San Diego-based Infatino, the makers of the “Slingrider” and the “Wendy Bellissimo” baby slings, issued a recall of at least 1 million slings yesterday after several reports of infants dying because of the sling. The company said that customers should stop using the slings immediately, and offered replacement slings free of charge.
In early March, the Consumer Product Safety Commission issued a warning about the slings, stating that it had linked at least 14 deaths to the use of slings, most of them involving infants younger than five months old. CNN.com profiles two families that lost children purportedly because of the sling, one of whom has filed a lawsuit against Infatino for designing and distributing a defective product.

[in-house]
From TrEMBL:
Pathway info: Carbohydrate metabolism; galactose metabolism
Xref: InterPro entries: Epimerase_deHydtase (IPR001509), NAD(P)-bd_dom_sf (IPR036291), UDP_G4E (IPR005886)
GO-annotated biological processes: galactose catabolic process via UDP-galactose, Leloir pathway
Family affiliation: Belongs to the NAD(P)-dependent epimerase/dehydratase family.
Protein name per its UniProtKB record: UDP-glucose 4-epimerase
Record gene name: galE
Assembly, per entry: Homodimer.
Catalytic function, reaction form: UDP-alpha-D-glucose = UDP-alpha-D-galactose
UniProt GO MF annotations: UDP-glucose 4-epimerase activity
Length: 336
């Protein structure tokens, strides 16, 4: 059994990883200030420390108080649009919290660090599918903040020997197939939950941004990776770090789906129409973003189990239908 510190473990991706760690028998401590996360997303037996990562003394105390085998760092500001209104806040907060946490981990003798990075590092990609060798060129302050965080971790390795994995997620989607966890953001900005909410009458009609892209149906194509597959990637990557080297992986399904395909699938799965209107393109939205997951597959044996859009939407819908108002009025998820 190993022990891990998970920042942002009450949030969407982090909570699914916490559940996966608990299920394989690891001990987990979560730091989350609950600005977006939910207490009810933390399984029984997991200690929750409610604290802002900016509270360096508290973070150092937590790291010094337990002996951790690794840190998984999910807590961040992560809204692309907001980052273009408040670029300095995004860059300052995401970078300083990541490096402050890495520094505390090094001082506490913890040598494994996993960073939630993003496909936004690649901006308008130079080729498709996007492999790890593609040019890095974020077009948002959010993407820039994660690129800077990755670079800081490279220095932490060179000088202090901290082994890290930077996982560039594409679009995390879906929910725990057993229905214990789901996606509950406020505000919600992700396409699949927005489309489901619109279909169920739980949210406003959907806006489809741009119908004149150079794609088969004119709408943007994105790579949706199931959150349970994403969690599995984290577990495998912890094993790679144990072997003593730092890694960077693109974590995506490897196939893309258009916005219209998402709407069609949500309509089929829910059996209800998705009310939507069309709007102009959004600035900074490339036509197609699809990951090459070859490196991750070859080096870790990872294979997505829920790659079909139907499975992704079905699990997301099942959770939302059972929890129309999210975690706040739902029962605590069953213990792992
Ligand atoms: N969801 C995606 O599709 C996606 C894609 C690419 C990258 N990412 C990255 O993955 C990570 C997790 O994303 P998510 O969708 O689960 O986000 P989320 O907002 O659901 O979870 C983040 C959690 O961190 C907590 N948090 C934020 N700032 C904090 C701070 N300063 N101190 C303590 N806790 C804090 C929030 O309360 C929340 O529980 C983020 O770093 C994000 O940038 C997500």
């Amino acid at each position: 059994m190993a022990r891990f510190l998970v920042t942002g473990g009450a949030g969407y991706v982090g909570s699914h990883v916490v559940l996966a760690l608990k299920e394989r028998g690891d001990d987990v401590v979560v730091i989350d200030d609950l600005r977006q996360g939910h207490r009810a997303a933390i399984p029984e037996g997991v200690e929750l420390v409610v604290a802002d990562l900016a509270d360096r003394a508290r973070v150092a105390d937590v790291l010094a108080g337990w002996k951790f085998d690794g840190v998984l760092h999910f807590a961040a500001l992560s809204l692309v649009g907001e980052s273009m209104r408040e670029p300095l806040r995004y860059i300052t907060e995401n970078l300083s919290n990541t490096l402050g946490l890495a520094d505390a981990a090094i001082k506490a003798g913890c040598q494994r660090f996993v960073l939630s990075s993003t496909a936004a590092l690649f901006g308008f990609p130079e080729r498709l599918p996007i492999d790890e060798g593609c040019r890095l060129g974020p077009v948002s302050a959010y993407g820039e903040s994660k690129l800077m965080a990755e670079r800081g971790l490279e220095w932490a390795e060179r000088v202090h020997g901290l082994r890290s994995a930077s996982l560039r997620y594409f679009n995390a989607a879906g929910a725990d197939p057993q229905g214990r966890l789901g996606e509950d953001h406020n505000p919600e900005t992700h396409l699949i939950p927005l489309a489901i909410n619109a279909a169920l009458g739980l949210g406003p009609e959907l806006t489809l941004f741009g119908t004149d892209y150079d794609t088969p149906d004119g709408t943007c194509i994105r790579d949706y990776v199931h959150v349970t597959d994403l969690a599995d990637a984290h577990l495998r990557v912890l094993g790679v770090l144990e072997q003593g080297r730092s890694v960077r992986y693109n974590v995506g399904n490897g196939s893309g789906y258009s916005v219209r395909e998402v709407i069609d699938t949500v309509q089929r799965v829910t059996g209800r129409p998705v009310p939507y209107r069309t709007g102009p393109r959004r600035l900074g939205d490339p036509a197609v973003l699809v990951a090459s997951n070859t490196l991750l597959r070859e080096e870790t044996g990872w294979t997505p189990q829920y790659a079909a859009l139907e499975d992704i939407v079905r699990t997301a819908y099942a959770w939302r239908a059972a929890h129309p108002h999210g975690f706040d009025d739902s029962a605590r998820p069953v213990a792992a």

The CPSC issued the following statement:
“In the first few months of life, babies cannot control their heads because of weak neck muscles. The sling’s fabric can press against an infant’s nose and mouth, blocking the baby’s breathing and rapidly suffocating a baby within a minute or two,” the joint statement said. “Additionally, where a sling keeps the infant in a curled position bending the chin toward the chest, the airways can be restricted, limiting the oxygen supply. The baby will not be able to cry for help and can slowly suffocate.”
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